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Prior to the amendment, an individual, being a person of Indian origin and who came on a visit to India during the previous year was considered as a resident in India only if his period of stay during the relevant previous year was 182 days or more (second basic condition was not required to be tested).

However, after the amendment, a dual condition has been set for determining of the residential status for such Indian citizens visiting India. Under section 6(1), an individual, being a person of Indian origin and who comes on a visit to India during the previous year will be considered as a resident in India, if:

  • He stayed in India for a total period of 120 days or more during the previous year AND for 365 days or more during the 4 years immediately preceding the relevant previous year; AND
  • His total income other than income from foreign sources exceeds Rs. 15,00,000.

However, if the total income does not exceed Rs. 15,00,000, the said individual would be a resident in India, only if he stayed in India for a total period of 182 days or more during the previous year.

Practical example

Dhruv, a person of Indian origin and citizen of USA, got married to Deepa, an Indian citizen residing in USA, on 4th February, 2020 and came to India for the first time on 20th February, 2020. He stayed in India for 164 days during FY 2020-21.

Case 1: During FY 2020-21, Dhruv received gifts in India amounting to Rs. 2,82,000 from friends of his wife in India. Determine his residential status and compute the total income chargeable to tax along with the amount of tax payable on such income for the Assessment Year 2021-22.

Case 2: If he had received Rs. 16,00,000 instead of Rs. 2,82,000 as gifts during the previous year 2020-21 and he stayed in India for 400 days during the 4 years preceding the previous year 2020-21, what will be his residential status and tax liability?

Analysis

In the present case, since Dhruv is a person of Indian origin visiting India, the dual condition prescribed by the amendment needs to be tested.

Case 1

Dhruv stayed in India for more than 120 days in the previous year (i.e 164 days) but did not stay for 365 days or more during the 4 years immediately preceding the relevant previous year. Also, his total income did not exceed 15 lacs. It was only Rs. 282,000. Hence, he will be treated as a non-resident during FY 2020-21.

His total tax payable will be Rs. 1,660. {[5% * (282,000-250,000) ] + 4% * 1600}. Note: Rebate u/s 87A in not available to non-residents.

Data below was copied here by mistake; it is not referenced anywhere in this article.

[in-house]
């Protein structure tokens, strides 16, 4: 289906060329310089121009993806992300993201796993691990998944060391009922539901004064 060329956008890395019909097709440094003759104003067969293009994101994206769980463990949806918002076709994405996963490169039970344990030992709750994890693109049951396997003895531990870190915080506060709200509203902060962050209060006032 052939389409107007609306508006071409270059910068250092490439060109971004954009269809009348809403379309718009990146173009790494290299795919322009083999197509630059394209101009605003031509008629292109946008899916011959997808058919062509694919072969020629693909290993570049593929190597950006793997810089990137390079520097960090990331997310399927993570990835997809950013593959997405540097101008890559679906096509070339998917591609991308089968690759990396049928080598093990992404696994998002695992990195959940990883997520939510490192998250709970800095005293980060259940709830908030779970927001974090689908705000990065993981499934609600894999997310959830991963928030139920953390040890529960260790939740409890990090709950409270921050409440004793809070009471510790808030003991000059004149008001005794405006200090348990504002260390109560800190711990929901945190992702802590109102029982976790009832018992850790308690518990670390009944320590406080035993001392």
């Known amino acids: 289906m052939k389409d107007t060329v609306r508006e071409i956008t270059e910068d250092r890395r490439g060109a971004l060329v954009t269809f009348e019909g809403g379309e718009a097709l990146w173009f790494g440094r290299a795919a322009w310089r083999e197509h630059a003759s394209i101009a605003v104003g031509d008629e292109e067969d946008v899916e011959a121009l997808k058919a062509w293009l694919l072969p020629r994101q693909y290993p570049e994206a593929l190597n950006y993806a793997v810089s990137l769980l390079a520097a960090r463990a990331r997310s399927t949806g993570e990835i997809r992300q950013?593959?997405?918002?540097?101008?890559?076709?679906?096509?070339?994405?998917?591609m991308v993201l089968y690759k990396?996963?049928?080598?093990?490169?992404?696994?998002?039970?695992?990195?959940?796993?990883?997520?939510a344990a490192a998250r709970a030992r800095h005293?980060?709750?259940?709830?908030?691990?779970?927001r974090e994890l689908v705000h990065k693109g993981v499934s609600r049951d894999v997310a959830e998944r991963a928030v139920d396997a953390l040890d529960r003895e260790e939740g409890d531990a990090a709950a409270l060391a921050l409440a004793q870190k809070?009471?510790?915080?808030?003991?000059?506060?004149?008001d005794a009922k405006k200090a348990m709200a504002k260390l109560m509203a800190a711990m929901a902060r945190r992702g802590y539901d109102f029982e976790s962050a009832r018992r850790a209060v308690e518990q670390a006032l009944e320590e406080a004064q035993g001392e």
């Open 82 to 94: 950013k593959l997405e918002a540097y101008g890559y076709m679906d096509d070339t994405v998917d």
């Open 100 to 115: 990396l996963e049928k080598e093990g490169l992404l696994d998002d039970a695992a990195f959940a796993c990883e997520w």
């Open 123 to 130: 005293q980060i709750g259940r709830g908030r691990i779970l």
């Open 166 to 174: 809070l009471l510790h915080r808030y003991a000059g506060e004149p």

Case 2

Dhruv stayed in India for more than 120 days in the previous year (i.e. 164 days) and for more than 365 days during the 4 years immediately preceding the previous year (i.e 400 days). Also, his total income during FY 2020-21 exceeded Rs. 15 lacs (i.e Rs. 16 lacs in the instant case). Hence, he will be treated as a resident during FY 2020-21 under Case 2.

His total tax payable under the normal provisions will be Rs. 304,200.

Hope this analysis was useful in understanding the amendment!

The author, CA Aditi Bhardwaj is a practicing Chartered Accountant and a teacher for CA Intermediate and CA Final at Superrad Academy, Bangalore.

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Author Bio

Aditi Bhardwaj is a qualified chartered accountant since 2008 and a partner at Aditi Bhardwaj & Co. Chartered Accountants. She specializes in complex taxation matters which includes individual taxation, corporate taxation, transfer pricing, international taxation, litigation and advisory. Her View Full Profile

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6 Comments

  1. Sourav K says:

    Maam, I dont understand why you mentioned the situation of 120 days in Case 1 example. There his income is below 15 lakhs, So we just need to see if he is there for 182 or more in India or not. As he is in India for only 164 days he is non resident, isn’t that true?

  2. Ram Ramakrishnan says:

    Your examples are inadequate to explain the whole concept brought in by the Finance Act 2020.

    Person of India origin can not be combined with other country citizenship to arrive at the tax status.

    Tax status of an individual in India is based on 1. Physical stay in terms of the days stay in a fiscal year and 2. Citizenship of the individual.

    I your example you are combining person of origin with US citizenship.

    This is not why the person of origin is brought in for tax status determination.

    You should segregate the examples.

  3. K.S. GAHUNIA says:

    Donation to Care India is eligible at 50% Deduction.
    Rs. 1000/- had been donated. In ITR under 50% (80G) do we report Rs. 500/- only or Rs. 1000/-

  4. Geetha S says:

    My daughter is returning to India in October 2021 permanently after her completion of employment abroad for the past 5 years. She was non resident in all these years. What will be her status for Financial year 2021-22 and 2022-23.Thanks.

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